How to Get Free Broadband Access

by Barbara Conn

Every year the number of free broadband access points around the world grows. The flavor of free broadband is Wi-Fi, a series of IEEE 802.11 standards. There are Wi-Fi devices in many laptops, mobile phones, and video game consoles. When visiting libraries, bookstores, coffee shops, apartment buildings, hotels, restaurants, airports, buses, campgrounds, and parks, you may find free public Wi-Fi hotspots. Some local governments have ambitious plans to cover entire cities with free Wi-Fi service.


Determine whether your laptop or netbook has an internal wireless card and is Wi-Fi ready. For Windows computers, select the computer “Start” button and highlight “Connect To.” If you see the option “Wireless Network Connection," your computer is Wi-Fi ready. If you do not see “Connect To,” try selecting “Start,” “Control Panel,” “Network and Internet Connections,” and “Network Connections.” If you can now see “Wireless Network Connection," your computer is Wi-Fi ready. For Mac laptops, check for an AirPort heading on the "Network Preferences" panel or the "AirPort" icon (with four rays) on the right side of the menu bar. If you see "AirPort" in "Network Preferences" but not in the menu bar, select “Configure” and “AirPort.” If your laptop or netbook is Wi-Fi ready, go to Step 3.


Add Wi-Fi capability to a laptop, if necessary, by adding an adapter. For free broadband access, select an adapter without a required data plan. Install your selected USB or PCMCIA wireless receiver card adapter. Check that “Wireless Network Connection” or “AirPort” appears.


Find a free broadband access point (hotspot) at a location in your area from the listings at


Bring your laptop (and adapter) to the physical address of your selected broadband access point. Disable other Internet connections on your laptop. Enable the wireless network connection. In Windows, double-click on the wireless or network icon in the computer system tray. On a Mac, turn the AirPort card on. View available networks. Select and connect to the Wi-Fi access point at your location.


  • check The newest Wii and Nintendo game consoles are Wi-Fi enabled.
  • check Wi-Fi enabled mobile phones can connect to Wi-Fi networks at hotspots. Using the Wi-Fi connection is most likely faster than using the mobile phone network connection.
  • check There are antennas that will extend the wireless range of your Wi-Fi enabled device.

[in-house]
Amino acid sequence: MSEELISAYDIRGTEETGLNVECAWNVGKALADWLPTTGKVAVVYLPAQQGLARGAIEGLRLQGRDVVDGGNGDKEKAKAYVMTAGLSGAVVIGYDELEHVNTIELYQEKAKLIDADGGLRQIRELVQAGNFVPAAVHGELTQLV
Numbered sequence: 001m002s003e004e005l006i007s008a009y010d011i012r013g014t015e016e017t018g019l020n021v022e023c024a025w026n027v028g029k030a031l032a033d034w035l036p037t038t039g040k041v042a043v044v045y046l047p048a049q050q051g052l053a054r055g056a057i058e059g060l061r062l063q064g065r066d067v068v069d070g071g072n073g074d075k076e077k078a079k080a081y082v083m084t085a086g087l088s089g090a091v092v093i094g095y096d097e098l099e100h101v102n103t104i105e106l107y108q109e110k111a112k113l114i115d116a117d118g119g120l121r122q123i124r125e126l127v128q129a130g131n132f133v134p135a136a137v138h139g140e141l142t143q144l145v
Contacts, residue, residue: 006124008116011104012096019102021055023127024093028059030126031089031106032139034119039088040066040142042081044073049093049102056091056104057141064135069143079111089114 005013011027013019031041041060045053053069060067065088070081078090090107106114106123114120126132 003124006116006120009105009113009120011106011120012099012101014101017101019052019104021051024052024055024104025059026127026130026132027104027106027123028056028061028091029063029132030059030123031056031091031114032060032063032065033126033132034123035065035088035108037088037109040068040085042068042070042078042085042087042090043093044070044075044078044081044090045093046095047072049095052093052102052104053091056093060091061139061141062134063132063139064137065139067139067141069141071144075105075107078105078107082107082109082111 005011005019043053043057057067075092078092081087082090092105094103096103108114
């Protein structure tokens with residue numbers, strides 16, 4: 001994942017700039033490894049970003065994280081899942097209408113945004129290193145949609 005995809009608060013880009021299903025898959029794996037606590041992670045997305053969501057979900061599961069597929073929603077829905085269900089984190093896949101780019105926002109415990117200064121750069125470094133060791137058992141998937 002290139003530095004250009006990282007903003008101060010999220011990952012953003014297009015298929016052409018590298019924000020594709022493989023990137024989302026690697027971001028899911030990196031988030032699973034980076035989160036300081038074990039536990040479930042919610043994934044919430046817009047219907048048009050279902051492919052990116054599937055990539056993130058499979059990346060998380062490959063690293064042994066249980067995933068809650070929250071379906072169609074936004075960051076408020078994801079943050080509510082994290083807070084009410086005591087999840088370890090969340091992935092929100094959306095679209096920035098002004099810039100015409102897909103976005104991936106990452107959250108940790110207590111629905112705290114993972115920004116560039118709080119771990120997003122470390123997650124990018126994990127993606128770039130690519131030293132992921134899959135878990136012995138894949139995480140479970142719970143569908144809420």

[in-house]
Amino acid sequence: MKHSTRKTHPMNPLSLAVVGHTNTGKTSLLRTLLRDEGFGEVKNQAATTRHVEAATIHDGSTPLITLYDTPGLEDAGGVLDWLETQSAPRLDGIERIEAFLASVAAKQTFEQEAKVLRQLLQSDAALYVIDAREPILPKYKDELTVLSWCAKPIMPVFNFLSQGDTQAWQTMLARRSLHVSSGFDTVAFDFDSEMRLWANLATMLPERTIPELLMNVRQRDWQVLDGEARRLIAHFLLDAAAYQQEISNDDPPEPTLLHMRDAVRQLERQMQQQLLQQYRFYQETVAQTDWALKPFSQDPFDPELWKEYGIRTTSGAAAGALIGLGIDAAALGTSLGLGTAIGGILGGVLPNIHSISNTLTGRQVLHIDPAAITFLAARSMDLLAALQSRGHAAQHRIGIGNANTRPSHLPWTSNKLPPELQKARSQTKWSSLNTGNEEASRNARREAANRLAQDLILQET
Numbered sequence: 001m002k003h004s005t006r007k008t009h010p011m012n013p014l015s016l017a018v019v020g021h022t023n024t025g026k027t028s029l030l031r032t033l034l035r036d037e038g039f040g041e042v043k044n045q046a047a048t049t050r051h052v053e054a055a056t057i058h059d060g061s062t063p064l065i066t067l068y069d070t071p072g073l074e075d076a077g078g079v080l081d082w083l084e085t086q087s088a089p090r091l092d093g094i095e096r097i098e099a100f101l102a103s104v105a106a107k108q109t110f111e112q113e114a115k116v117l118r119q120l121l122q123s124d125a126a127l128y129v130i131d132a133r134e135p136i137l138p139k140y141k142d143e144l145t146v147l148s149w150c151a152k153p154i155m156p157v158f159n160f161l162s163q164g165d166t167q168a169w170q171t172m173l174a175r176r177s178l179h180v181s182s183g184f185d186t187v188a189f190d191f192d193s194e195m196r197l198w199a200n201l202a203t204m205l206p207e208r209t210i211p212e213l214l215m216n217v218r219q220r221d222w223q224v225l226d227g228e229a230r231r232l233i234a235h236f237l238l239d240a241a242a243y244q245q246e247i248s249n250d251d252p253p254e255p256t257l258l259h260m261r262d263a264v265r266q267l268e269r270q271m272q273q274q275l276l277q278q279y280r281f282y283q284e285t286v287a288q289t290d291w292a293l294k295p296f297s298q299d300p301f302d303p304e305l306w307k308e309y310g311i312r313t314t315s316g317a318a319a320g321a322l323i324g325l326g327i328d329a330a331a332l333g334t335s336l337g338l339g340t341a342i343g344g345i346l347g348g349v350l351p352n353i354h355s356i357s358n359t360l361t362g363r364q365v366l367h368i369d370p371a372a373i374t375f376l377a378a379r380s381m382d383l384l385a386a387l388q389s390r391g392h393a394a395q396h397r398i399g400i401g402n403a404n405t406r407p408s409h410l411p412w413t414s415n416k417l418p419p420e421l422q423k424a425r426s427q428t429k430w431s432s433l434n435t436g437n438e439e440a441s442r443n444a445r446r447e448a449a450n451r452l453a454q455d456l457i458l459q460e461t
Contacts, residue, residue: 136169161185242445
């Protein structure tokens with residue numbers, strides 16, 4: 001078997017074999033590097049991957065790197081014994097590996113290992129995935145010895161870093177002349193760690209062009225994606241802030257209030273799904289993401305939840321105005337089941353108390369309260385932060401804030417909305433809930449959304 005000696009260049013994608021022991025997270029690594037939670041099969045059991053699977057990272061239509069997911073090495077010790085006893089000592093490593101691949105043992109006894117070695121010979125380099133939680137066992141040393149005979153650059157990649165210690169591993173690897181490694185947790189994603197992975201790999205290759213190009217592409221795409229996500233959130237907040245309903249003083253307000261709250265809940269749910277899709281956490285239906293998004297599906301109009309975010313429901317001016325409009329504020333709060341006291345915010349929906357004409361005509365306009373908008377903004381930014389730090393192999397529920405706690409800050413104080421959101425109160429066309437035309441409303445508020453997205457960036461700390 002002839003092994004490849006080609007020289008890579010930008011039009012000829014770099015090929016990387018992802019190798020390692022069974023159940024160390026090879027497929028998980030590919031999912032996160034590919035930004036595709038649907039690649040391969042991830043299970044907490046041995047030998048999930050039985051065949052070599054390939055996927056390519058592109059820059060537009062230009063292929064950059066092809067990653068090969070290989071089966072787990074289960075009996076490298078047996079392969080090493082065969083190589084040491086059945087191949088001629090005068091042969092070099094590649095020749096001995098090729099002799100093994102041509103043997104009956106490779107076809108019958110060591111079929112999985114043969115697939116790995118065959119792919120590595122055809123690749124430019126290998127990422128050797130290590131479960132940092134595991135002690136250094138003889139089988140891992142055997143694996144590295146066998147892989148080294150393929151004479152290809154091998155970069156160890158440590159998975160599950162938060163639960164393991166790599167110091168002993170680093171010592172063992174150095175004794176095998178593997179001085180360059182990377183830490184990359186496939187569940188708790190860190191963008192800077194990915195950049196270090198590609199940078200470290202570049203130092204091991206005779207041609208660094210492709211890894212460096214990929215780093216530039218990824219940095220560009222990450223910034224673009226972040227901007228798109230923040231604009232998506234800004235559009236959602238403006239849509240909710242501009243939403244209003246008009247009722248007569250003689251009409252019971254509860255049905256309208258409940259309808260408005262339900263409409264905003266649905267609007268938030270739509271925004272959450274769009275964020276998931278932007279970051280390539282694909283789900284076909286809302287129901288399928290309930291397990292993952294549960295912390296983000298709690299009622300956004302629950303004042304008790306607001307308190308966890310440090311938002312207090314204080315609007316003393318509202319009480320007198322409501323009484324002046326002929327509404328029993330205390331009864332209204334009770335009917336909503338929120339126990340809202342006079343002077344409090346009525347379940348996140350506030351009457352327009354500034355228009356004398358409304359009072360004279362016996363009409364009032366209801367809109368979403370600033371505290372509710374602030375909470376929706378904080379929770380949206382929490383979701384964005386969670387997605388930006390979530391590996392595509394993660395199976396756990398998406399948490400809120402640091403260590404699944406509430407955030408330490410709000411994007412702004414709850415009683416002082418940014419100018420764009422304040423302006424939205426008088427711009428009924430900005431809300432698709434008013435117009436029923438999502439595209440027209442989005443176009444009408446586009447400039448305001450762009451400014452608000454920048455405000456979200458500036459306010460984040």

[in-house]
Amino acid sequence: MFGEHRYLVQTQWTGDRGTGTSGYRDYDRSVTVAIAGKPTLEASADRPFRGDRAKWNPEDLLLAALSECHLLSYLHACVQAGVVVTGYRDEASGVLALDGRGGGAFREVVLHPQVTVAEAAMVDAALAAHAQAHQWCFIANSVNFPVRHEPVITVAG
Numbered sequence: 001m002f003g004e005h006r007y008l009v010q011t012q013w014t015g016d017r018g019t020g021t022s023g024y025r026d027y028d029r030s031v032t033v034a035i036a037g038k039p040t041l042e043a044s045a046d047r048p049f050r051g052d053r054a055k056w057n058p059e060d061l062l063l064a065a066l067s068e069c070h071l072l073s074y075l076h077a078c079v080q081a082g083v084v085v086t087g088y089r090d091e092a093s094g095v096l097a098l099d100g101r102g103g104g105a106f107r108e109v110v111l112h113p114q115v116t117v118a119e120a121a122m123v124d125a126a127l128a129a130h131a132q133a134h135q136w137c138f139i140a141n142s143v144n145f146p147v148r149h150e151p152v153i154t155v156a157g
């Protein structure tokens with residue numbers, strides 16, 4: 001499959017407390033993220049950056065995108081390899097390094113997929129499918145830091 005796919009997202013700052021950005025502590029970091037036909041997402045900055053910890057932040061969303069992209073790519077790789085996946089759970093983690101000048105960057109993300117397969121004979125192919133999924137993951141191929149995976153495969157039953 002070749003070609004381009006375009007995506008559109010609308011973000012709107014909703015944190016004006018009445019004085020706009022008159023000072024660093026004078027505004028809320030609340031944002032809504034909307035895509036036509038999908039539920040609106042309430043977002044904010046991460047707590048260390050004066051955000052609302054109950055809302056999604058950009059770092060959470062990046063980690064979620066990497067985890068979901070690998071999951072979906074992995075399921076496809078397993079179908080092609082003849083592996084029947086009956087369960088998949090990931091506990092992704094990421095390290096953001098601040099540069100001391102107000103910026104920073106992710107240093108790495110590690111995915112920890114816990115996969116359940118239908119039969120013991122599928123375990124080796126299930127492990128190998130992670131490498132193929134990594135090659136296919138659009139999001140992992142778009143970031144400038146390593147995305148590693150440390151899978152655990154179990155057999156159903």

• check There are range extenders that can extend the range of an access point.
  • check If you are visiting a website you trust and use its hypertext transfer protocol secure in your web browser address bar (https:// rather than http://), your log-in or user ID, password, credit card, and other personal information on wired and wireless connections are secure.
  • check Some wireless adapters include a scanner that helps locate available hotspots without turning on a laptop. The adapter displays a listing of networks by signal strength.


  • close Wi-Fi access has limited range. There are locations, particularly in rural areas, where there are no nearby free Wi-Fi hot spots.
  • close Beware of shady operators who sell modified modems that provide free, anonymous Internet service from broadband providers. Using such modems for this purpose is theft of service.
  • close To make Wi-Fi connection easier for users, most free public access wireless networks have security options disabled. If you can’t access a website via https:// (rather than http://) in your browser address bar, don’t wirelessly transmit important personal or business information, such as your log-in or user ID, password, and credit card information. If you do, others will be able to view your data.
  • close Turn off file sharing when using unsecured public access Wi-Fi sites.
  • close To add your own security when using unsecured free public access Wi-Fi networks, install and use a virtual private network (VPN). A VPN creates your own private connection across a public network. An alternative to creating a VPN is to install and use software to secure your web session with https:// encryption.
  • close With some mobile phones and the right mobile phone service plan, you can access the Web from your phone. With many phone plans, however, Web access requires an additional monthly fee. In addition, mobile phone networks are often slower than Wi-Fi and other broadband options.
  • close Mobile phone users see different content for some websites than laptop users because web developers may make a different version to enhance the readability and usefulness of a website for those using the smaller mobile phone screens.
  • close Gaining Internet access through an unsecured private business or personal Wi-Fi network (even if invited) reduces the speed of the network connection of the network owner.

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About the Author

Based in Washington, DC, award-winning editor Barbara Conn has been writing about science, technology, small business, and general interest topics since 1984. Her articles have appeared in the Capital PC User Group “Monitor.” She earned a Bachelor of Science degree in chemistry from Bucknell University.

Photo Credits

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